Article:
How to Maximize Your Team's Performance
- Spend more time with your top performers
- Free up more resources in supporting their efforts
- Focus on performance as a whole
As early-stage companies transition from development to full-scale commercialization, many mission-critical items for success are found in the scaling of the business and driving the all-important revenue curve.
While no one will argue the importance of getting this equation right and securing the necessary sales, there are multiple approaches companies follow in this process. There is also much disagreement as to which approach will consistently deliver the greatest return on investment.
As we take a look at the truisms involved, our discussion will focus mainly on the sales administration aspects of the business. It is important to note, however, that the following statements hold true to all of the various aspects of the business and not just the sales element.
One of the most common preconceptions is that for any sales team to deliver a peak performance and maximize the return on investment, all members of the team should at the very least be at or above the assigned quota. In following this line of thinking, most sales managers will spend their time with the underperforming members of the team in the thought that this is where they are most needed.
Here is one scenario: A regional sales team is comprised of 10 sales people. Most research indicates that the optimum number of people a sales manager can effectively manage tends to be somewhere between eight and twelve, so no issue there.
Furthermore, of these 10 sales people:
- Three are at or above 120 percent of quota
- Four are between 100-120 percent
- Three are between 90 – 99 percent
- Let’s further assume the total performance as a team is at 107 percent
This begs the question: Who does the manager devote the majority of the time and resources to?
By and large, the vast majority of sales managers will spend much of their time with the three people currently between 90 – 99 percent of objective. The rationale is that while the team as a whole is performing well, these three members are standing out as being below the minimum standards set.
As the manager, I must get them above the 100 percent mark, thus providing a much better image for the team as a whole. However, while this is overwhelmingly the path most often taken, I would suggest it is not the best or most expedient way to maximize the overall performance of the team.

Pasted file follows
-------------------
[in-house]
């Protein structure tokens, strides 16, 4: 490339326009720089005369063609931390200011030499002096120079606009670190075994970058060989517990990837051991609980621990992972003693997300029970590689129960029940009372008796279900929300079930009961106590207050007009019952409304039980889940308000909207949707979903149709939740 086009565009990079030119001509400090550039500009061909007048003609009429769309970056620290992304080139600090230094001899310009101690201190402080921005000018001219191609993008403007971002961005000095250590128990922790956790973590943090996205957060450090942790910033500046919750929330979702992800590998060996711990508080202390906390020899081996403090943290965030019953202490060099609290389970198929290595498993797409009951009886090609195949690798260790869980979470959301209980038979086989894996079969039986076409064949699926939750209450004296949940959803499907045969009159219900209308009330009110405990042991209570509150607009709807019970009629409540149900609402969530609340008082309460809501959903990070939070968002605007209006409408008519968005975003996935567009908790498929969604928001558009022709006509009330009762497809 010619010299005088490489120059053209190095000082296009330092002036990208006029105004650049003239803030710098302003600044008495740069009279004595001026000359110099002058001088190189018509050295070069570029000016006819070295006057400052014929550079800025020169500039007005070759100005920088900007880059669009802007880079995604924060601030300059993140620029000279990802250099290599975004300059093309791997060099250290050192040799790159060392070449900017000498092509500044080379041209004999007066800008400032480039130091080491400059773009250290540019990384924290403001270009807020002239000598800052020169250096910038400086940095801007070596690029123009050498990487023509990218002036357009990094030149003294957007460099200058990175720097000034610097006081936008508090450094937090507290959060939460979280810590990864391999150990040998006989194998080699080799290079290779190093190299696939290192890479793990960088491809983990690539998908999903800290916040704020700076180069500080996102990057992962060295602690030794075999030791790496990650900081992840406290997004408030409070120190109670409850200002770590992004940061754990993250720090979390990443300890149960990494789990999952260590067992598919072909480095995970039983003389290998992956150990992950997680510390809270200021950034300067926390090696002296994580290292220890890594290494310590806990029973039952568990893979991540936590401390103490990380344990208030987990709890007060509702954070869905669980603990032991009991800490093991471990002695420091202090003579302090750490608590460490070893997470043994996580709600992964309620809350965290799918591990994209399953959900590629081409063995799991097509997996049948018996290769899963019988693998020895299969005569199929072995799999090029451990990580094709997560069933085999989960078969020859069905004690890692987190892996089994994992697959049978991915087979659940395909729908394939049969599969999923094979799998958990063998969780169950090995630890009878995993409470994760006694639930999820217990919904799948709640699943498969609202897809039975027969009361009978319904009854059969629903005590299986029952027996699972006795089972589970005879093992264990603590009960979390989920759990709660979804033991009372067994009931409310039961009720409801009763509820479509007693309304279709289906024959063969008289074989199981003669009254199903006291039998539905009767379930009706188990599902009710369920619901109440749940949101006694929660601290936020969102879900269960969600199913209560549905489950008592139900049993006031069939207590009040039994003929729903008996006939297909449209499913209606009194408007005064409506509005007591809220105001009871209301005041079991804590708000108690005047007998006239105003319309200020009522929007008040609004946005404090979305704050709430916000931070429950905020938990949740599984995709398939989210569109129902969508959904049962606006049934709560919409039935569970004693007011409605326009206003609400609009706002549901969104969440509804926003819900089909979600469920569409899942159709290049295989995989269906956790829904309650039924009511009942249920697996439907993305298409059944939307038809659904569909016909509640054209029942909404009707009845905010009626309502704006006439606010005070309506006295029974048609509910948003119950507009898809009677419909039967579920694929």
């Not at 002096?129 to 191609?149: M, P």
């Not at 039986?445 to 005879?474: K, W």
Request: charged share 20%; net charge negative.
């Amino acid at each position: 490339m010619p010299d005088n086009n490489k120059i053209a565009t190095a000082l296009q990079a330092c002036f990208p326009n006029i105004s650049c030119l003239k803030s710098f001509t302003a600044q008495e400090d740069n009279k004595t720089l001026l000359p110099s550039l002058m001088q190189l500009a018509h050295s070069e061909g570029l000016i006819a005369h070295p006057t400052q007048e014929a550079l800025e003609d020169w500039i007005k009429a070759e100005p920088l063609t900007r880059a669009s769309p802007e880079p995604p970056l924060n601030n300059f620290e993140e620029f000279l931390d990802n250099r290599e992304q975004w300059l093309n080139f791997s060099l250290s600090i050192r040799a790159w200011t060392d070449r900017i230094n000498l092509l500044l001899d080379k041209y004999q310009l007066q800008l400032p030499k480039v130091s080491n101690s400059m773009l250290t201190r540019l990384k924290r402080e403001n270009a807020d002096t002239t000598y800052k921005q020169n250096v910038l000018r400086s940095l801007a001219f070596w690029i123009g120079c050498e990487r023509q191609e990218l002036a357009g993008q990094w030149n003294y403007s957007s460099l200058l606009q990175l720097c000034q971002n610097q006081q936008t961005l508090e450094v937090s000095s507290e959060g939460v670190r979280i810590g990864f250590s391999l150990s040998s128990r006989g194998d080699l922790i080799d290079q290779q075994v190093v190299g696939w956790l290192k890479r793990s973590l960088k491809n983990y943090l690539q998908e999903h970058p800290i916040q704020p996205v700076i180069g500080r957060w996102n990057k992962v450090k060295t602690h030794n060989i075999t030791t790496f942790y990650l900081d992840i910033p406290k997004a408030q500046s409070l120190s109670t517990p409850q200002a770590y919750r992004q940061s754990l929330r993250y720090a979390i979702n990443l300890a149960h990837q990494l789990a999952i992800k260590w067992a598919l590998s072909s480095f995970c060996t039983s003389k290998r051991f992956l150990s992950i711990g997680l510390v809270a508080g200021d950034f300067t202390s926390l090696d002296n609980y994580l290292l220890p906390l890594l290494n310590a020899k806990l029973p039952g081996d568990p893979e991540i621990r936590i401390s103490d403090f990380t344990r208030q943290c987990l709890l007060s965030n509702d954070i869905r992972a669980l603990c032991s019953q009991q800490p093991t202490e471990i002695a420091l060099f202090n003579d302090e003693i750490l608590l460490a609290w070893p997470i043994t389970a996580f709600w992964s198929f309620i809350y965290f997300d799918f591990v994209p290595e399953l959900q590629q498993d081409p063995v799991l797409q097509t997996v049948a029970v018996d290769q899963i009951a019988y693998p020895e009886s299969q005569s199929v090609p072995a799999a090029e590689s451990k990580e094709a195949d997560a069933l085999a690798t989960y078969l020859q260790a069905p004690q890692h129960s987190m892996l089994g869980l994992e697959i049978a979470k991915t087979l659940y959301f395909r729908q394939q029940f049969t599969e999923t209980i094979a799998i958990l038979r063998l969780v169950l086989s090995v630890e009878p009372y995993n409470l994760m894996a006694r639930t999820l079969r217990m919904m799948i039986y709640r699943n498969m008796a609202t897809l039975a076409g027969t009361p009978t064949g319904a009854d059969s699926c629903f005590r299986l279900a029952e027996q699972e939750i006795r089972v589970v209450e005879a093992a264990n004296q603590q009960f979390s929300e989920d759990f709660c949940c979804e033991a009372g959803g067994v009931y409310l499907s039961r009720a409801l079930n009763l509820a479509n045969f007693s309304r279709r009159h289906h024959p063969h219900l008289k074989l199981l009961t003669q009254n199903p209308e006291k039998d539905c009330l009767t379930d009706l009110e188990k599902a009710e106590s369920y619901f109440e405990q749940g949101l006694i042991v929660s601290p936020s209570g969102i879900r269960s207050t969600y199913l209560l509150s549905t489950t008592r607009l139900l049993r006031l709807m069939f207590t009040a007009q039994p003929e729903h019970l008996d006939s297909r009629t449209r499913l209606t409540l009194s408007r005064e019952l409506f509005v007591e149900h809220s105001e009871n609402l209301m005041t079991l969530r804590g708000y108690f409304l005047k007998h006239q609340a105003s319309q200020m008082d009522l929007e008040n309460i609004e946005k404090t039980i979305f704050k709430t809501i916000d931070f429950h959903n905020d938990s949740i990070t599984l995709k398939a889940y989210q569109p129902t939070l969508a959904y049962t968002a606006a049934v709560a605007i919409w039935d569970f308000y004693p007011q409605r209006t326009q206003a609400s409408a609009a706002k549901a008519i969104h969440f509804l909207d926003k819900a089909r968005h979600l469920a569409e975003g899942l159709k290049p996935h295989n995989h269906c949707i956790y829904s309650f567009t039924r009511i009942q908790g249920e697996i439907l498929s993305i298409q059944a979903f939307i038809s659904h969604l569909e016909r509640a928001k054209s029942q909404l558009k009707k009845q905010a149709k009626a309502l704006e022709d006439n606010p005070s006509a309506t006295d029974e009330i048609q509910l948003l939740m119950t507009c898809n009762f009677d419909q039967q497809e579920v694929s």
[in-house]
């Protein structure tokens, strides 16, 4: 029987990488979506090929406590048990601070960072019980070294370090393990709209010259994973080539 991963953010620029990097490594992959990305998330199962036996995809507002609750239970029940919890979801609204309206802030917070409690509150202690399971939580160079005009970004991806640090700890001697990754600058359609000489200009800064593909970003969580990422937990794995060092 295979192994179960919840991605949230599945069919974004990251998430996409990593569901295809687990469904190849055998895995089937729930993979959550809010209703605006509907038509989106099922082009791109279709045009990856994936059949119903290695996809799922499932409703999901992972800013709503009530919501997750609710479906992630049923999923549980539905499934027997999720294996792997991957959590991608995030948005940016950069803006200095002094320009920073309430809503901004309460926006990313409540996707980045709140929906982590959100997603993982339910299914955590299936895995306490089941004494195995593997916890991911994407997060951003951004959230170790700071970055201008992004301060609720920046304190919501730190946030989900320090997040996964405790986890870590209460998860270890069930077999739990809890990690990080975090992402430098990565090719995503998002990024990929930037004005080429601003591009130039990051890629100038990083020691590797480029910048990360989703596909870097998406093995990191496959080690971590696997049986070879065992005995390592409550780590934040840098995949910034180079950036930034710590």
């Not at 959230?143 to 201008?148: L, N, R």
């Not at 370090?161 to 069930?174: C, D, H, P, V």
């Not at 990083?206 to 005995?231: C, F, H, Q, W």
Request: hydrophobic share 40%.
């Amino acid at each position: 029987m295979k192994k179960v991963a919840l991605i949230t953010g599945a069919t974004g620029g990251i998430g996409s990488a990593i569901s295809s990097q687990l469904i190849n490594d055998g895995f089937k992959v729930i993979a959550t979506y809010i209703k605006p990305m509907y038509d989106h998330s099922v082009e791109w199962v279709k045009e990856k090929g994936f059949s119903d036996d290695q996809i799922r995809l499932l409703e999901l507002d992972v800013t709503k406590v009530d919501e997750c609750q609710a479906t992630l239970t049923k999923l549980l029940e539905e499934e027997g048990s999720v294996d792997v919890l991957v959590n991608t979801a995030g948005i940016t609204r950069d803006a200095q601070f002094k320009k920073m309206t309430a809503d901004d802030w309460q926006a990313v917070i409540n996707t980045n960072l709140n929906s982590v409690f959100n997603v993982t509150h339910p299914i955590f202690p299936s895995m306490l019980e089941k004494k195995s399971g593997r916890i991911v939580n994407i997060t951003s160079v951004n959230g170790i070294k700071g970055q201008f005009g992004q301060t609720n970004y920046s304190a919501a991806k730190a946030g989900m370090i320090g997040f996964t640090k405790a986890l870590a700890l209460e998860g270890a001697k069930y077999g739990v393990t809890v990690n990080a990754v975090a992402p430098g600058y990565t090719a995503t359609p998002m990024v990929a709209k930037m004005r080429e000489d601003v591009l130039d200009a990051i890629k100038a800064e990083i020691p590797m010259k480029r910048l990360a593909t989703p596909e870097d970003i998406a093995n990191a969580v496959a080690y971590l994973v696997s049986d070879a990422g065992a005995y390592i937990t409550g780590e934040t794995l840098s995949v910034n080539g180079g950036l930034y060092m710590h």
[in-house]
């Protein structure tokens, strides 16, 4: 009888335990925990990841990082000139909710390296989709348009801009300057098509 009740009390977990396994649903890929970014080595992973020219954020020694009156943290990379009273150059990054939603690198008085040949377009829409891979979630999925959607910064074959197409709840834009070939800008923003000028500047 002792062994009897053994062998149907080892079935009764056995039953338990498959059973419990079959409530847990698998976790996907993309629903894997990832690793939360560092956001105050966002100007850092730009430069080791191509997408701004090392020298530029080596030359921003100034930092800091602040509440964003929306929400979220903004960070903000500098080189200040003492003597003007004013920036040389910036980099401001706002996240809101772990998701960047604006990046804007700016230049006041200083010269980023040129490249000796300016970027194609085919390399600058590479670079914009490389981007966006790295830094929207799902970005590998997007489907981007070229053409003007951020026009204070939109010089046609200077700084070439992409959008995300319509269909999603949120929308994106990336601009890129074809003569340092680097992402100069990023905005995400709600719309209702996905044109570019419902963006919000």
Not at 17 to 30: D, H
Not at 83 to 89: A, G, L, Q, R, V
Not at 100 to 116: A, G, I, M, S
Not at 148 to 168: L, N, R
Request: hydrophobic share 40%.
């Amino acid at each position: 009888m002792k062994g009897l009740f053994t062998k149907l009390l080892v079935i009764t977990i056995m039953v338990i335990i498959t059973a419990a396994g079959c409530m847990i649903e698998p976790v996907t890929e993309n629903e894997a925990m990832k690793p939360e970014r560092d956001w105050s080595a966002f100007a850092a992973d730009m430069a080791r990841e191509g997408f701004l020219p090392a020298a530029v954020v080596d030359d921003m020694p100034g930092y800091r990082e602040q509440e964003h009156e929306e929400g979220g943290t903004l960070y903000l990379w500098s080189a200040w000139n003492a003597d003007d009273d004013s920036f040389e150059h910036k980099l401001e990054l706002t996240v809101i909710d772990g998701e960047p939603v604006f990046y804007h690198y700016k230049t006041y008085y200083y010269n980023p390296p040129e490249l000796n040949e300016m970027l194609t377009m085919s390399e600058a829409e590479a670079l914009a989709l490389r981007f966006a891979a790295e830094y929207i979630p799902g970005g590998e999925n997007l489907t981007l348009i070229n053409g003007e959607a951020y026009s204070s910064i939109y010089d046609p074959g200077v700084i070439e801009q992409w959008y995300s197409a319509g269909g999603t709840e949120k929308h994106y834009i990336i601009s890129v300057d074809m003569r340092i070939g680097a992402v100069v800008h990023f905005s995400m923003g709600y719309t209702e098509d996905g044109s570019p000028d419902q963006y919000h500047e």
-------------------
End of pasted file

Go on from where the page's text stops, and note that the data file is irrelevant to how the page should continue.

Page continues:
Let’s look at this scenario from a slightly different perspective.
If the company follows this approach, they are devoting a higher percentage of the limited resources of time and money to the poorest-performing members of the team. This is done at the expense of the highest-performing members of the team. If the manager is spending one of the most valuable resources of their time and expertise with the poorest performing members, they are by direct extension depriving their highest-performing members of these most valuable of resources.
There is often a common trait among managers who truly maximize the performance of the team as a whole and deliver award-winning performances year in and year out. These best-in-class managers tend to spend the majority of their resources, not only in dollars and cents, but also in their time and expertise working with their top and above-average performers.
In the scenario above, most elite managers will spend a higher percentage of their time with the three people at the top, followed by a slightly lower percentage with the four in the middle and actually the least amount of their time and resources with the people at the bottom.
While this may seem counterintuitive to many people, investing your resources in your top and stronger performers tends to deliver a much higher return on investment then expending them on the weaker performers.
While all people on the team must be given the necessary amount of training and basic support, it is incumbent on each individual to use the training and apply it to the marketplace in delivering the necessary results.
Regardless of what area of the business you manage, getting the most out of the top performers will take your team the farthest. Those at the bottom will often raise their level of performance to be part of the winning team, and some will self-select out and move on. Either action is actually in the best interest of the team at large.
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